Australia’s conservative Prime Minister Malcolm Turnbull has called a surprise early election on July 2.
He used a rare political tool to dissolve parliament after the upper house, the Senate, repeatedly blocked legislation.
It kicks off a two-month campaign – one of the longest in the country’s history – that is expected to focus on the flagging economy following the end of the mining boom.
Other issues likely to feature include health, education, and the heated debate over asylum seekers.
The election raises the prospect of more political instability where infighting among the leading parties has seen several politicians occupy the top job in recent years.
Turnbull, who ousted his predecessor Tony Abbott in a leadership challenge last September, is considered a moderate in the conservative Liberal Party-led coalition.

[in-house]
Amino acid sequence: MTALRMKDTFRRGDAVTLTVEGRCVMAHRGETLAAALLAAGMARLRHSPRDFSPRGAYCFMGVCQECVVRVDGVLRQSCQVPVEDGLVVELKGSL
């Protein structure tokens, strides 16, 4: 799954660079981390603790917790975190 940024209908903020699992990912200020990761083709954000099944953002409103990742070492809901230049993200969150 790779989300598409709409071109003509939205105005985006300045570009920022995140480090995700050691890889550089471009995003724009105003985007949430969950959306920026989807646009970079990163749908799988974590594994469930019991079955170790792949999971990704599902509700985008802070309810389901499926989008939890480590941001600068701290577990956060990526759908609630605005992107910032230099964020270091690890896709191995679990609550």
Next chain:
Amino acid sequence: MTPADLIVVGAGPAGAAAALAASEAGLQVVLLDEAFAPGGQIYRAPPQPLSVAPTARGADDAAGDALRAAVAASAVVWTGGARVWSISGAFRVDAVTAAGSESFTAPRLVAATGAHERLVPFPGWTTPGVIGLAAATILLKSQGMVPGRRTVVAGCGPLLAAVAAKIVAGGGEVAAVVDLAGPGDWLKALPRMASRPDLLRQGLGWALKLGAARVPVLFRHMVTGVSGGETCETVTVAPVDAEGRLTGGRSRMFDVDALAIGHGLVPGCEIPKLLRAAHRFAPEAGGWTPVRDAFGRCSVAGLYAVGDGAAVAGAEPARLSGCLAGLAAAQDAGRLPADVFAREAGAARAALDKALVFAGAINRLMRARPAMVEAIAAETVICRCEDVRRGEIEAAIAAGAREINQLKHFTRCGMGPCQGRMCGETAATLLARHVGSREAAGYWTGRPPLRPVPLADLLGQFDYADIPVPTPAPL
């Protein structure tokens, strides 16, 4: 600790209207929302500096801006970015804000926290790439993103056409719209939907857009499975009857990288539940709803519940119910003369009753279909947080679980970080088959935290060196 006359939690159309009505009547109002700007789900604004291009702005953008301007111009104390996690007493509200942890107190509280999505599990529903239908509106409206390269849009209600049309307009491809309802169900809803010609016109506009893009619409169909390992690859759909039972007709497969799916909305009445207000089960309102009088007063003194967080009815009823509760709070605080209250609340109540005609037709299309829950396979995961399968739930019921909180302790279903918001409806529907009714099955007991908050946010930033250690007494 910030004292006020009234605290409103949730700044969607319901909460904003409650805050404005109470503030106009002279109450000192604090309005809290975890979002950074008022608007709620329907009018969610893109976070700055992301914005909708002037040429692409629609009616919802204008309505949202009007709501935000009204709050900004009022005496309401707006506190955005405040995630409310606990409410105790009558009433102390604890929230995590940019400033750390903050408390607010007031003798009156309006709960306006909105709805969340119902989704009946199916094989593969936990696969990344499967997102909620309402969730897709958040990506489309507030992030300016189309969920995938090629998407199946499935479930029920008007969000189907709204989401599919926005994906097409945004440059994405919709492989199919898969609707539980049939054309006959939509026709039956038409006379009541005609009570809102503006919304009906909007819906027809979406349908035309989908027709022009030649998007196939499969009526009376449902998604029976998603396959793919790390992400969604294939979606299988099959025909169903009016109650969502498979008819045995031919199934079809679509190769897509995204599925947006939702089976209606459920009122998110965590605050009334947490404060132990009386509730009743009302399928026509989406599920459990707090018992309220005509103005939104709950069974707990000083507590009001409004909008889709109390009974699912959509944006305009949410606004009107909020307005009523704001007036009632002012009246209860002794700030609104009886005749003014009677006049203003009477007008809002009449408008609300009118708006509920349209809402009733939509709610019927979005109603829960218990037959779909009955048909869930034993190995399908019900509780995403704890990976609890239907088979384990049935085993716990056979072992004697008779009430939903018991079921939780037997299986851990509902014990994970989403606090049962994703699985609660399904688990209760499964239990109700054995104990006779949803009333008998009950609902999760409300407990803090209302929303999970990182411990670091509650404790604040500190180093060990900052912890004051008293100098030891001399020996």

There has been some disappointment with Turnbull among people who expected him to distance himself from Abbott’s right wing policies on issues such as immigration and climate change.
Opposition centre-left Labor leader Bill Shorten has painted Turnbull, a multi-millionaire lawyer and former tech entrepreneur, and the coalition as friends of big business.
Opinion polls suggest the government and Labor are running neck-and-neck.